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Classic of the Week

November 03, 1994|JON MATSUMOTO

Phil Ochs

"I Ain't Marching Anymore" (1965)

Hannibal

"I Ain't Marching Anymore" is more than just a folk album. It's a vivid and moving sociopolitical document of America during the turbulent '60s. From the anthemic anti-war title track to the pro-civil rights "Talking Birmingham Jam," Phil Ochs' second album captures in stirring detail the emotions and issues that helped galvanize the American counterculture three decades ago.

Of course, it helps to be on the same political page as the leftist Ochs. The writings of this military-school-student-turned-journalism-student-turned-Dylan disciple don't allow much room for fence-sitting. Ochs wasn't one to pull punches or mince words. In the biting "Draft Dodger Rag," he puts on the shoes of an 18-year-old trying to avoid conscription during the Vietnam War. This rabble-rousing song is the album's wittiest:

. . . got a ruptured spleen and I always carry a purse,

I got eyes like a bat and my feet are flat. My asthma's getting worse.

. . . Besides I ain't no fool I'm going to school and I'm working at a defense plant.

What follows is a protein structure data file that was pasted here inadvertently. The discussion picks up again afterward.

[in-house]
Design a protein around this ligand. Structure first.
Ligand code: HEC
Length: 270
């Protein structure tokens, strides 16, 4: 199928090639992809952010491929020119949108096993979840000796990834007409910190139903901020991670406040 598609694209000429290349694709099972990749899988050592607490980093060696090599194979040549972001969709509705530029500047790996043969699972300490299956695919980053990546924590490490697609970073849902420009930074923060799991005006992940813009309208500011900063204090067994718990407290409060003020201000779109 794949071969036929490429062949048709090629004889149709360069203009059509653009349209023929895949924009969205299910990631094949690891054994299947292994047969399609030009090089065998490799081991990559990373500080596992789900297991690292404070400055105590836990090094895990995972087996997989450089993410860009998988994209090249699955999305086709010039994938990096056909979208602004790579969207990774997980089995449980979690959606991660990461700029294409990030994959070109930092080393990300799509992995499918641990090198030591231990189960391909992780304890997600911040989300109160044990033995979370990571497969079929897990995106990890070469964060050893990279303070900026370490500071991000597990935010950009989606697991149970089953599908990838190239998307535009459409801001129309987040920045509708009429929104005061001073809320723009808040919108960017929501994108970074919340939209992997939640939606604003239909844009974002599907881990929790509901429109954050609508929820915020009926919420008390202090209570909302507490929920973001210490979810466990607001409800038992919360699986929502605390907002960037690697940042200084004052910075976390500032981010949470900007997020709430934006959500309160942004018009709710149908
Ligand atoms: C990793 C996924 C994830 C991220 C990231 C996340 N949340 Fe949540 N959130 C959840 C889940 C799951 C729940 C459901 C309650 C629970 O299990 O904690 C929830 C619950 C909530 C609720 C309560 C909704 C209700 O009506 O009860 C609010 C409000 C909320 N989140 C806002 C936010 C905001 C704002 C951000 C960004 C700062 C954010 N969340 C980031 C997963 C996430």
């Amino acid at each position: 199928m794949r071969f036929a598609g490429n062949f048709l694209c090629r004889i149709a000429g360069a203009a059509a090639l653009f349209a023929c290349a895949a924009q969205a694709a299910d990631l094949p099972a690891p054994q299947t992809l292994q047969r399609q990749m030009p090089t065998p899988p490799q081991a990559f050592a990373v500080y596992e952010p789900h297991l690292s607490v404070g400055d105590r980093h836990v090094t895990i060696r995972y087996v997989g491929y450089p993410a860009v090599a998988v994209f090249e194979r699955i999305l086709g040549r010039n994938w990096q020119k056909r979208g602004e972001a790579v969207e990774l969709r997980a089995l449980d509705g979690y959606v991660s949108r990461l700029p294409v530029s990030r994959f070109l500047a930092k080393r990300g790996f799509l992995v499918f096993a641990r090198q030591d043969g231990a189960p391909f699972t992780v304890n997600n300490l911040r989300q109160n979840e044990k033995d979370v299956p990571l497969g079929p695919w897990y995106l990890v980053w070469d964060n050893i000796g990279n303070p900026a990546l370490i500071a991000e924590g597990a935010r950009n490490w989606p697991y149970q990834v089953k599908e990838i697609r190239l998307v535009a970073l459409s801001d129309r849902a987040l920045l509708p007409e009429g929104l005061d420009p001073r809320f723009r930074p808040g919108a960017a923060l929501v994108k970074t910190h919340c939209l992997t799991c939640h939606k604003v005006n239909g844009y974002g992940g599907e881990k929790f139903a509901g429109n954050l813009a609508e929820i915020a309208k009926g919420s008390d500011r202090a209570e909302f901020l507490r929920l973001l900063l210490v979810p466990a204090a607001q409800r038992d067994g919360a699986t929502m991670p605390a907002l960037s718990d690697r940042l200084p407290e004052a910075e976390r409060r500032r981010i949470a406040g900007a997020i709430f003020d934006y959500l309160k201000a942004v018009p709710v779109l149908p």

But the nearly six-minute "Here's to the State of Mississippi" is the album's shining moment. Catchy and topical, this angry response to the murder of three civil rights workers is a cutting indictment of the racist policies and attitudes found in the deep South at the time. "Mississippi," Ochs implores, "find yourself another country to be part of."

A simply tailored album featuring nothing more than Ochs' vocals and acoustic guitar, it reveals the 24-year-old idealist's remarkable gift for enlivening issue-oriented songs with a strong sense of drama and heartfelt conviction. But Ochs, though an integral part of the celebrated Greenwich Village folk scene of the early '60s, never did attain Dylan's level of notoriety. Traveling in Africa in 1973, he suffered severe vocal cord damage during a mysterious assault. Three years later his life came to a tragic end when he hanged himself at his sister's house.

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